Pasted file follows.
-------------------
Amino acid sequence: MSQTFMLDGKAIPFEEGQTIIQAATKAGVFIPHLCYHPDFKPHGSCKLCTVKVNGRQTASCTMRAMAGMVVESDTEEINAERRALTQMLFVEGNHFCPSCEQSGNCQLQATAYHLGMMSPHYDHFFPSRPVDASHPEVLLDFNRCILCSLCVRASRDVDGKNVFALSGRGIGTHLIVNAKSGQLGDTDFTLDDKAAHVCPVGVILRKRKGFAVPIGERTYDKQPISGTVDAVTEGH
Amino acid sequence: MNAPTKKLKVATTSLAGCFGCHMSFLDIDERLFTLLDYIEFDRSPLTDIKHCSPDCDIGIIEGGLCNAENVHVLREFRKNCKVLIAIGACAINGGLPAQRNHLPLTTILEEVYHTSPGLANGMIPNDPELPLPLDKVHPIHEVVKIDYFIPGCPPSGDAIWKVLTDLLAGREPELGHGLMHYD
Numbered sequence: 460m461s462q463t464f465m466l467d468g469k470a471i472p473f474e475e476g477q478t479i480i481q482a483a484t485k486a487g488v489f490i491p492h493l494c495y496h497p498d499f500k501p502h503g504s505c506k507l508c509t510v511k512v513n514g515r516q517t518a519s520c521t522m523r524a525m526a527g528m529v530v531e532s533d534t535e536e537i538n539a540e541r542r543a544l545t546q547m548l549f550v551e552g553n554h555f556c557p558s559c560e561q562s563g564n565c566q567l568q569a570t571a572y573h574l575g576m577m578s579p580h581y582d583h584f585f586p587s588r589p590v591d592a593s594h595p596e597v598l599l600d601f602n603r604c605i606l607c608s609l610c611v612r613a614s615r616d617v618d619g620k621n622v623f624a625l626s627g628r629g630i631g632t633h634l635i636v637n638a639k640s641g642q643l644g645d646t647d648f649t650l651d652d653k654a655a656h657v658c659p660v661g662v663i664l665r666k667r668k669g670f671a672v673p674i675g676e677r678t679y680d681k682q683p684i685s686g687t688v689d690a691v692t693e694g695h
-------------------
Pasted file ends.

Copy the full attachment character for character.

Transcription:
Amino acid sequence: MSQTFMLDGKAIPFEEGQTIIQAATKAGVFIPHLCYHPDFKPHGSCKLCTVKVNGRQTASCTMRAMAGMVVESDTEEINAERRALTQMLFVEGNHFCPSCEQSGNCQLQATAYHLGMMSPHYDHFFPSRPVDASHPEVLLDFNRCILCSLCVRASRDVDGKNVFALSGRGIGTHLIVNAKSGQLGDTDFTLDDKAAHVCPVGVILRKRKGFAVPIGERTYDKQPISGTVDAVTEGH
Amino acid sequence: MNAPTKKLKVATTSLAGCFGCHMSFLDIDERLFTLLDYIEFDRSPLTDIKHCSPDCDIGIIEGGLCNAENVHVLREFRKNCKVLIAIGACAINGGLPAQRNHLPLTTILEEVYHTSPGLANGMIPNDPELPLPLDKVHPIHEVVKIDYFIPGCPPSGDAIWKVLTDLLAGREPELGHGLMHYD
Numbered sequence: 460m461s462q463t464f465m466l467d468g469k470a471i472p473f474e475e476g477q478t479i480i481q482a483a484t485k486a487g488v489f490i491p492h493l494c495y496h497p498d499f500k501p502h503g504s505c506k507l508c509t510v511k512v513n514g515r516q517t518a519s520c521t522m523r524a525m526a527g528m529v530v531e532s533d534t535e536e537i538n539a540e541r542r543a544l545t546q547m548l549f550v551e552g553n554h555f556c557p558s559c560e561q562s563g564n565c566q567l568q569a570t571a572y573h574l575g576m577m578s579p580h581y582d583h584f585f586p587s588r589p590v591d592a593s594h595p596e597v598l599l600d601f602n603r604c605i606l607c608s609l610c611v612r613a614s615r616d617v618d619g620k621n622v623f624a625l626s627g628r629g630i631g632t633h634l635i636v637n638a639k640s641g642q643l644g645d646t647d648f649t650l651d652d653k654a655a656h657v658c659p660v661g662v663i664l665r666k667r668k669g670f671a672v673p674i675g676e677r678t679y680d681k682q683p684i685s686g687t688v689d690a691v692t693e694g695h